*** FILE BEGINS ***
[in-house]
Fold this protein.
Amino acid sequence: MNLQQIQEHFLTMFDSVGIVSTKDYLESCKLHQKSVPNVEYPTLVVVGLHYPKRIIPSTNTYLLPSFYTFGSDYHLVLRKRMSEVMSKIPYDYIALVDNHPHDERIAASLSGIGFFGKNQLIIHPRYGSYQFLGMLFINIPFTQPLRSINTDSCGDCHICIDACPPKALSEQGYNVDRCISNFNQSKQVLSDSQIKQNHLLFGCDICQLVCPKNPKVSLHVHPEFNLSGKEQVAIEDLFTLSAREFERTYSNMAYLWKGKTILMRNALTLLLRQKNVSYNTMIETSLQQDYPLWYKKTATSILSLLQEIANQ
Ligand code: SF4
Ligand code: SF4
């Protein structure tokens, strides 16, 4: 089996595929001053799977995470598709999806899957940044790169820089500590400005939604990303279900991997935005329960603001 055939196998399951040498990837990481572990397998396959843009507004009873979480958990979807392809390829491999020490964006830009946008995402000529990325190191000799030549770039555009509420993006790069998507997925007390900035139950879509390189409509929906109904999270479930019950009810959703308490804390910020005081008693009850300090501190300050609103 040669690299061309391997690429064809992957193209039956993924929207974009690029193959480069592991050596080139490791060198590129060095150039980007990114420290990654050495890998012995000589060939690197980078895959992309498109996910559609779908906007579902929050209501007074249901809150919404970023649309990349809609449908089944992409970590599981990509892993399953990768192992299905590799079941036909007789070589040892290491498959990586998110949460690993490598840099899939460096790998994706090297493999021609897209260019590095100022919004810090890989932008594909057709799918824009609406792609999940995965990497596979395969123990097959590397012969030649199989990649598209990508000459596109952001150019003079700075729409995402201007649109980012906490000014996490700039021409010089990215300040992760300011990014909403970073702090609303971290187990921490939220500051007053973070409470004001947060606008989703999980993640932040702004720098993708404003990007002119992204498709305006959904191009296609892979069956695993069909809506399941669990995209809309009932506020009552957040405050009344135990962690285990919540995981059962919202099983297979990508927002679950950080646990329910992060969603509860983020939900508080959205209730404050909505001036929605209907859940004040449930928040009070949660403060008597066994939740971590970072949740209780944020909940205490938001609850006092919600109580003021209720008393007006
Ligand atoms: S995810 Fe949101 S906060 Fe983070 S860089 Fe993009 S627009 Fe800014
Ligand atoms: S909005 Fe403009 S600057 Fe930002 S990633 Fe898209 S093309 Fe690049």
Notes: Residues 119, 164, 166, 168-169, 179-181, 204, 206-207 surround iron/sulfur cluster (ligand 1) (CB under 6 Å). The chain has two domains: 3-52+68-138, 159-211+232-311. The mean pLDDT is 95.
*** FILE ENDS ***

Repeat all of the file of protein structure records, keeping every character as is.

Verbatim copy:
[in-house]
Fold this protein.
Amino acid sequence: MNLQQIQEHFLTMFDSVGIVSTKDYLESCKLHQKSVPNVEYPTLVVVGLHYPKRIIPSTNTYLLPSFYTFGSDYHLVLRKRMSEVMSKIPYDYIALVDNHPHDERIAASLSGIGFFGKNQLIIHPRYGSYQFLGMLFINIPFTQPLRSINTDSCGDCHICIDACPPKALSEQGYNVDRCISNFNQSKQVLSDSQIKQNHLLFGCDICQLVCPKNPKVSLHVHPEFNLSGKEQVAIEDLFTLSAREFERTYSNMAYLWKGKTILMRNALTLLLRQKNVSYNTMIETSLQQDYPLWYKKTATSILSLLQEIANQ
Ligand code: SF4
Ligand code: SF4
């Protein structure tokens, strides 16, 4: 089996595929001053799977995470598709999806899957940044790169820089500590400005939604990303279900991997935005329960603001 055939196998399951040498990837990481572990397998396959843009507004009873979480958990979807392809390829491999020490964006830009946008995402000529990325190191000799030549770039555009509420993006790069998507997925007390900035139950879509390189409509929906109904999270479930019950009810959703308490804390910020005081008693009850300090501190300050609103 040669690299061309391997690429064809992957193209039956993924929207974009690029193959480069592991050596080139490791060198590129060095150039980007990114420290990654050495890998012995000589060939690197980078895959992309498109996910559609779908906007579902929050209501007074249901809150919404970023649309990349809609449908089944992409970590599981990509892993399953990768192992299905590799079941036909007789070589040892290491498959990586998110949460690993490598840099899939460096790998994706090297493999021609897209260019590095100022919004810090890989932008594909057709799918824009609406792609999940995965990497596979395969123990097959590397012969030649199989990649598209990508000459596109952001150019003079700075729409995402201007649109980012906490000014996490700039021409010089990215300040992760300011990014909403970073702090609303971290187990921490939220500051007053973070409470004001947060606008989703999980993640932040702004720098993708404003990007002119992204498709305006959904191009296609892979069956695993069909809506399941669990995209809309009932506020009552957040405050009344135990962690285990919540995981059962919202099983297979990508927002679950950080646990329910992060969603509860983020939900508080959205209730404050909505001036929605209907859940004040449930928040009070949660403060008597066994939740971590970072949740209780944020909940205490938001609850006092919600109580003021209720008393007006
Ligand atoms: S995810 Fe949101 S906060 Fe983070 S860089 Fe993009 S627009 Fe800014
Ligand atoms: S909005 Fe403009 S600057 Fe930002 S990633 Fe898209 S093309 Fe690049």
Notes: Residues 119, 164, 166, 168-169, 179-181, 204, 206-207 surround iron/sulfur cluster (ligand 1) (CB under 6 Å). The chain has two domains: 3-52+68-138, 159-211+232-311. The mean pLDDT is 95.